Gently rise up to normal height (2a). Circle right arm counter-clockwise up to chest height, with the palm facing down. Draw left arm to waist, with the palm facing up (2a). Imagine holding a ball between the two hands. Turn the waist to NE1 (2b). Draw the left foot to the side of the right foot (2b). Hold Tai Chi “energy ball” with right hand, palm down, at chest height; and left hand below, palm up, at Dan Tien height (2b). Relax and gently inhale.
“Part Wild Horse’s Mane to the Left” by stepping diagonally with the left leg (2d), bring left hand out, palm up, to about chest height (2e). Exhale as the left arm extends. Left elbow is slightly bent. Right hand moves down to right hip (2e), with the right palm down. End with chest facing W9, left hand to SW7. Left bow stance with 60% of weight in forward left leg (2e), left knee bent; and, 40% of weight in rear right leg, with leg bend. Head upright. Shoulders down.
“Part Wild Horse’s Mane to the Right” by first drawing the weight back into the right leg, pivot on left heel (2f), drawing the left hand back as the torso turns to face SW7 (2g). Step forward with the right foot to side of left foot (2g). Step out the right leg to the diagonal (2i). Exhale as the right arm extends (2i). Right elbow is slightly bent. Left hand moves down to left hip (2j), with the left palm down. End with chest facing W9, left hand to NW11. Right bow stance with 60% of weight in forward right leg (2j), right knee bent; and, 40% of weight in rear left leg, with leg bend. Head upright. Shoulders down.
“Part Wild Horse’s Mane to the Left” by first drawing the weight back into the left leg, pivot on left heel (2k), drawing the right hand back as the torso turns to face SW7 (2k). Step forward with the left foot to side of right foot (2l). Step out the left leg to the diagonal (2m). Exhale as the left arm extends (2n). Left elbow is slightly bent. Right hand moves down to right hip (2o), with the right palm down. End with chest facing W9, right hand to SW7(2o). Left bow stance with 60% of weight in forward left leg (2o), left knee bent; and, 40% of weight in rear right leg, with right leg bend (2o). Head upright. Shoulders down. Look towards W9.
(2j) (2f) (2f) (2f)
3. White Crane Spreads Its Wings
Variations of names for this movement include: White Stork Spreading Its Wings, White Crane Lifts Its Wings, White Stork Cools Its Wings;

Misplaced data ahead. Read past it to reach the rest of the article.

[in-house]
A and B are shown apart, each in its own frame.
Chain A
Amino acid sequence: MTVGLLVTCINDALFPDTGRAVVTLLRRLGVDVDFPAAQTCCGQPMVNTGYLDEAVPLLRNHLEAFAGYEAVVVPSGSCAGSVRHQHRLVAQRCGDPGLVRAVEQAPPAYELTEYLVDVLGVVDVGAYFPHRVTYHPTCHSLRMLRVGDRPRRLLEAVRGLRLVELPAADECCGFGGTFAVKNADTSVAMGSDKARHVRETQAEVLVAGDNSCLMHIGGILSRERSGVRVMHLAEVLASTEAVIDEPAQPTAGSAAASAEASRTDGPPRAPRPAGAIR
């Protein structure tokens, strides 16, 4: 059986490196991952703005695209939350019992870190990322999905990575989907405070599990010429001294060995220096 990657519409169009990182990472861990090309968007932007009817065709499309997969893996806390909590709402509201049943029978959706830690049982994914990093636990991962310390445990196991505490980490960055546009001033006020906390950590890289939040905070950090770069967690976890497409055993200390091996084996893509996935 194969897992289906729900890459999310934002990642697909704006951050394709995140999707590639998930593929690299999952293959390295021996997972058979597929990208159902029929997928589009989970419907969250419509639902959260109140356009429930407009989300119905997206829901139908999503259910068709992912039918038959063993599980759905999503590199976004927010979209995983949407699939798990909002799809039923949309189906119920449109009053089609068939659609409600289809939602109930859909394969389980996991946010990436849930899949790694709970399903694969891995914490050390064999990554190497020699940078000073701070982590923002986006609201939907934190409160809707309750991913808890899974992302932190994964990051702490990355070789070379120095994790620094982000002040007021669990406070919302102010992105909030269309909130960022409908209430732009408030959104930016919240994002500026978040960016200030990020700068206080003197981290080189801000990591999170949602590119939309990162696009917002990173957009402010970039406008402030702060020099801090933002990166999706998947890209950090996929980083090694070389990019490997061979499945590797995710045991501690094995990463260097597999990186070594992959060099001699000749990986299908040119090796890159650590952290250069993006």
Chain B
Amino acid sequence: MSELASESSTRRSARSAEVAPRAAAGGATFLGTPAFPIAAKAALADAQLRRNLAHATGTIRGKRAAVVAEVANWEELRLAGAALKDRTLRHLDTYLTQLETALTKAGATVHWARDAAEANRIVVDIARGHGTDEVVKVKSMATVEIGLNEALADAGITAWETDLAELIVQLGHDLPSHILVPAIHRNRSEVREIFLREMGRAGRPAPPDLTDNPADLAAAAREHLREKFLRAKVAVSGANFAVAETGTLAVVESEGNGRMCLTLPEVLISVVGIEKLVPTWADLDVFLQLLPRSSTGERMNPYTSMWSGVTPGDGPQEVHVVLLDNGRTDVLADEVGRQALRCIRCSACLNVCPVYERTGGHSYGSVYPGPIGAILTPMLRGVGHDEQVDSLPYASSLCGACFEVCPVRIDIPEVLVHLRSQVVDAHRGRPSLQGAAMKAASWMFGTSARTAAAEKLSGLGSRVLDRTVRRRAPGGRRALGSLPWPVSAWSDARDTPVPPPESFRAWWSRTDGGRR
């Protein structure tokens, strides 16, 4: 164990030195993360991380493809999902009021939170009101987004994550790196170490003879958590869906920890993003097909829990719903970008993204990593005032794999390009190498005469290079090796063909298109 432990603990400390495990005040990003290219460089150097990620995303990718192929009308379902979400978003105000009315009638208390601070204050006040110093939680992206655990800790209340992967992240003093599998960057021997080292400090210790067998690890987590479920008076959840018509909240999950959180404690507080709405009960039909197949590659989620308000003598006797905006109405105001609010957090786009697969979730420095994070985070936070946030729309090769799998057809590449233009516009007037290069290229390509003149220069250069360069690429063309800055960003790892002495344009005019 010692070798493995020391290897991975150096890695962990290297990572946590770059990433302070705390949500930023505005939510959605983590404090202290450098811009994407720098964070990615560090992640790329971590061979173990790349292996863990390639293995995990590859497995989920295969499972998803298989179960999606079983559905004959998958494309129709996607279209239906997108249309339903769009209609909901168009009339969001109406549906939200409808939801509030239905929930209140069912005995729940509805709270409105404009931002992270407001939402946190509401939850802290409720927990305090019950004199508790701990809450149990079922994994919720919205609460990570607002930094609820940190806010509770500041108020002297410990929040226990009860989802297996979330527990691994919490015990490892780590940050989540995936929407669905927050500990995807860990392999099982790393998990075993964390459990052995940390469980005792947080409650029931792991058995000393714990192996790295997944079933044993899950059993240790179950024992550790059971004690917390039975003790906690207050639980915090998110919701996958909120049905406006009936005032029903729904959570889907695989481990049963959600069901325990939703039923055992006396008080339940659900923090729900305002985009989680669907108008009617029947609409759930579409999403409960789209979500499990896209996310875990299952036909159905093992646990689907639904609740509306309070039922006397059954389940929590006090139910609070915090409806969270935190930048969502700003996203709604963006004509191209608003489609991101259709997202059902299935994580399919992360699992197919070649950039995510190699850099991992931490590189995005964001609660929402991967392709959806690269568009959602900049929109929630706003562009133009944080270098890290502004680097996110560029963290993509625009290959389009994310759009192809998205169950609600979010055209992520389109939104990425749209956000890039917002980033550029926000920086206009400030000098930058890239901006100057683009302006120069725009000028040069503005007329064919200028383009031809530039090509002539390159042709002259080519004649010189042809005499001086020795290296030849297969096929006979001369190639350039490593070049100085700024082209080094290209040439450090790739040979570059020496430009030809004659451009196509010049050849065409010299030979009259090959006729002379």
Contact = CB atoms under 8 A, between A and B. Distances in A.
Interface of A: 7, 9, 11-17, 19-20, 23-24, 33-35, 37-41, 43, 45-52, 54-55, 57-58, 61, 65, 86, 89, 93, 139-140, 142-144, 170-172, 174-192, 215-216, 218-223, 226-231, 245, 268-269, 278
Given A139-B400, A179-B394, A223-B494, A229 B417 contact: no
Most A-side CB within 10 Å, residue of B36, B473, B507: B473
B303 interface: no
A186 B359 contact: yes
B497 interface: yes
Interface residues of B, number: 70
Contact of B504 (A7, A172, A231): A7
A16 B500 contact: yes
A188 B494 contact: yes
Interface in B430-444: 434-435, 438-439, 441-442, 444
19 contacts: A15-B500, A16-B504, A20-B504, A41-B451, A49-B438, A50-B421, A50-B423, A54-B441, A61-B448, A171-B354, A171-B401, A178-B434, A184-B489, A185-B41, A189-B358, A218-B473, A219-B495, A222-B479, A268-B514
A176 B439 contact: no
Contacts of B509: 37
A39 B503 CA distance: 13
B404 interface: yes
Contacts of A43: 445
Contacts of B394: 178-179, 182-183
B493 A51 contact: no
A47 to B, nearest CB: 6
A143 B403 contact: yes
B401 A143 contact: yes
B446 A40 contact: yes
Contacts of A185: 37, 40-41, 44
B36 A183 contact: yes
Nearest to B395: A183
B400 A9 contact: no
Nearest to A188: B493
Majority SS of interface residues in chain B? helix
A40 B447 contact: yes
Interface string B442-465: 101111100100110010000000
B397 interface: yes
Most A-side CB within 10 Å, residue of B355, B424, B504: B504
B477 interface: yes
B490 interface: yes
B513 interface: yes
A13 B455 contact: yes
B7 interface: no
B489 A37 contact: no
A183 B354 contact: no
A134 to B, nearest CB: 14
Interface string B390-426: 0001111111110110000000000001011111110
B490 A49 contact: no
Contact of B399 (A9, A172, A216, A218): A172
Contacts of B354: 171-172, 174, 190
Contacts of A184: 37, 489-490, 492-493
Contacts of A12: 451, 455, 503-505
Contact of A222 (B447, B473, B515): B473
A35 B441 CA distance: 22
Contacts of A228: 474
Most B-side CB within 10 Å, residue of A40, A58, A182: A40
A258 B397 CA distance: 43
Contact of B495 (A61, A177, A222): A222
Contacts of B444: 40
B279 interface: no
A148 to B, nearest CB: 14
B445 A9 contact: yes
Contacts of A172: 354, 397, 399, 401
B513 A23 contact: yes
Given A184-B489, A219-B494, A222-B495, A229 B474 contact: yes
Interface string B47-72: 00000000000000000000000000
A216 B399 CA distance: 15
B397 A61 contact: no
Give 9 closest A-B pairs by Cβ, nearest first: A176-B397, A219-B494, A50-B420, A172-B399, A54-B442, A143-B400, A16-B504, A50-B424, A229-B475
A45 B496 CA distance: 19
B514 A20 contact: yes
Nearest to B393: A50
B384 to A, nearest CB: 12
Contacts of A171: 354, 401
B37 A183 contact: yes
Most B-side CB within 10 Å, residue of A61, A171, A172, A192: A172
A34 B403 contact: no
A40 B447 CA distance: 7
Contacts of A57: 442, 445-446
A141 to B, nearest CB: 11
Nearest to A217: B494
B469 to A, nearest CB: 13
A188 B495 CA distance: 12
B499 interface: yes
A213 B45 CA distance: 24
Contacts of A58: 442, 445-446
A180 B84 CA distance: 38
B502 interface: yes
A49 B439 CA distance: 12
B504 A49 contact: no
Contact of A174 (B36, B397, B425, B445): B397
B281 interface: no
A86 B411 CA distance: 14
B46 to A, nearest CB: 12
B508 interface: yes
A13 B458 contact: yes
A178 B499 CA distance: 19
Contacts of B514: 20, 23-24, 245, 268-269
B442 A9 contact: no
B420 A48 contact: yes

白鵝亮翅 : Bai E Liang Chi.
The general direction of movement is in a straight line from E3 towards W9 in Movement #3.
2o = 3a. From 3a draw the right foot forward a half step (3b). The right hand moves upward (3b) as the left hand moves downward (3b). Draw the left foot backward (3c) as the right hand moves up and left hand moves down (3c). Finish (3d) with the right hand above the head and palm forward, in a left toe stance with 90% of the body weight in the back right leg, and the left hand rests along left leg with palm down. End with chest facing W9. Face to W9. Relax and exhale as the weight settles down in the back right leg.
Notice how the body turns at the waist slightly to left SW7 (3b) and then to the right NW11 (3c) before it settles to face W9. This represents the subtle internal rotation of the Dan Tien, a “silk reeling” movement, more pronounced in the Chen Style of Taijiquan than in Yang Style Taijiquan, but still present in all styles of Taijiquan. Many movements in the 24 Form include this turning of the waist from side to side, and rotation of the Dan Tien.
(3d) (3d) (3d)
4. Brush Knee
Variations of names for this movement include: Twist Step, Brush Knee, Palm Strike; Brushing Your Knees and Stepping; Brush Knee and Twist Step; and 左搂膝拗步 : Lou Xi Ao Bu : Brush Knee and Twist Step.
The general direction of movement is in a straight line from E3 towards W9 in Movement #4. Please study the recommended online videos to see how the series of postures in this particular movement are performed.
3d = 4a. Brush left knee and right palm strike (4a-4h). Left Knee and palm Twist Step (4b), turn body clockwise (4c-43), Brush Left Knee (4f), Right Palm Forward Strike (4h). End with chest and face facing W9, look to W9 (4h). 4h = 4i.
Brush right knee and left palm strike (4i-4o). Twist Step (4j), turn body counter-clockwise (4k-4l), Brush Right Knee (4m), Left Palm Forward Strike(4o). End with chest and face facing W9, look to W9 (4o). 4o = 4p.
Twist Step, Brush Left Knee, Right Palm Forward Strike. End with chest facing W9.
(4n) (4o) (4u) (4u)
5. Playing the Lute
Variations of names for this movement include: Play the Guitar, Strumming the Lute, Hand-hold the Lute, Playing the Pipa, and 手挥琵琶 : Shou Hui Pi Pa : Hand Strums the Lute.
The general direction of movement is in a straight line from E3 towards W9 in Movement #5.
4u = 5a. End with chest facing W9, and look to W9.
Here is a description of Playing the Lute “Hand-hold the Lute” (#5, 5a-5d) from the book ‘Tai Chi for Health: The 24 Simplified Forms” by Cheng Zhao and Don Zhao, p.88:
“Form 5 resembles a person playing a lute, a common music instrument in old China’s time. It is more accurate to describe it as hands holding the lute, which is also a literal translation from its counterpart in Chinese.
1. Shift the body weight onto the left leg (5a). Life the right foot and move it a half step forward, placing it behind the left foot (5b).
2. Lightly shift the body center back to sit on the right leg (5c). Extend the left heel a little forward touching the floor in an empty stance (5c-5d). At the same time, rotate the waist slightly to the right (5b-5c), lift the left arm and hand upward to the nose level (5b-5c), lower the right hand to guard the inside of the left elbow (5d).”
– Dr. Cheng Zhao
(5d) (5d) (5d)
Return to Index for Sections or Proceed to Second Section (Movements 6 – 9)